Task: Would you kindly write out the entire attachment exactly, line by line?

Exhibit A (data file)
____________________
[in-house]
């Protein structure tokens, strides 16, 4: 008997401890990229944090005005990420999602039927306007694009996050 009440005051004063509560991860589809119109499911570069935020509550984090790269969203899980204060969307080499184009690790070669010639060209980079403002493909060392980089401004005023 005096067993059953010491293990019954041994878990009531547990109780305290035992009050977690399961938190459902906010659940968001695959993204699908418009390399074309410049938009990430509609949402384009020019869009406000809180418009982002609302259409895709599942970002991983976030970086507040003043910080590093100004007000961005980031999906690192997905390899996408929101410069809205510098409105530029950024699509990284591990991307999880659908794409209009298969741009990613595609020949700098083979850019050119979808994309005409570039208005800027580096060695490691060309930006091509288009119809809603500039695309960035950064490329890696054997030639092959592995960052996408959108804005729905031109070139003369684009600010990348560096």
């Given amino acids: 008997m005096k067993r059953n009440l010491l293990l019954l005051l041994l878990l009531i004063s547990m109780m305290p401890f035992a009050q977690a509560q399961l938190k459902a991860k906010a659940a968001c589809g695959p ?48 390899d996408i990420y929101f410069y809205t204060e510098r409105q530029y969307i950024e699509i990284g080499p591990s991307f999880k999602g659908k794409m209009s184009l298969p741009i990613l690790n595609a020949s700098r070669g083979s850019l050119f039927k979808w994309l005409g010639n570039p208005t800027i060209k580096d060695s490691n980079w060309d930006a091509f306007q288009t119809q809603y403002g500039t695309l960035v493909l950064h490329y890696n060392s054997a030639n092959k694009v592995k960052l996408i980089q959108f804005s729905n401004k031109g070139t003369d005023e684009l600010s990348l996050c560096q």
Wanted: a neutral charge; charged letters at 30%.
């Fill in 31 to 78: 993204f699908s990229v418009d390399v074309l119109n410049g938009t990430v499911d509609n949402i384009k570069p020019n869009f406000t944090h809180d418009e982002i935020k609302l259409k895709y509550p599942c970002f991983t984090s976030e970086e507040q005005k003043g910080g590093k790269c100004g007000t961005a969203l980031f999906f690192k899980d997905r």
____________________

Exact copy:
[in-house]
């Protein structure tokens, strides 16, 4: 008997401890990229944090005005990420999602039927306007694009996050 009440005051004063509560991860589809119109499911570069935020509550984090790269969203899980204060969307080499184009690790070669010639060209980079403002493909060392980089401004005023 005096067993059953010491293990019954041994878990009531547990109780305290035992009050977690399961938190459902906010659940968001695959993204699908418009390399074309410049938009990430509609949402384009020019869009406000809180418009982002609302259409895709599942970002991983976030970086507040003043910080590093100004007000961005980031999906690192997905390899996408929101410069809205510098409105530029950024699509990284591990991307999880659908794409209009298969741009990613595609020949700098083979850019050119979808994309005409570039208005800027580096060695490691060309930006091509288009119809809603500039695309960035950064490329890696054997030639092959592995960052996408959108804005729905031109070139003369684009600010990348560096």
């Given amino acids: 008997m005096k067993r059953n009440l010491l293990l019954l005051l041994l878990l009531i004063s547990m109780m305290p401890f035992a009050q977690a509560q399961l938190k459902a991860k906010a659940a968001c589809g695959p ?48 390899d996408i990420y929101f410069y809205t204060e510098r409105q530029y969307i950024e699509i990284g080499p591990s991307f999880k999602g659908k794409m209009s184009l298969p741009i990613l690790n595609a020949s700098r070669g083979s850019l050119f039927k979808w994309l005409g010639n570039p208005t800027i060209k580096d060695s490691n980079w060309d930006a091509f306007q288009t119809q809603y403002g500039t695309l960035v493909l950064h490329y890696n060392s054997a030639n092959k694009v592995k960052l996408i980089q959108f804005s729905n401004k031109g070139t003369d005023e684009l600010s990348l996050c560096q």
Wanted: a neutral charge; charged letters at 30%.
């Fill in 31 to 78: 993204f699908s990229v418009d390399v074309l119109n410049g938009t990430v499911d509609n949402i384009k570069p020019n869009f406000t944090h809180d418009e982002i935020k609302l259409k895709y509550p599942c970002f991983t984090s976030e970086e507040q005005k003043g910080g590093k790269c100004g007000t961005a969203l980031f999906f690192k899980d997905r």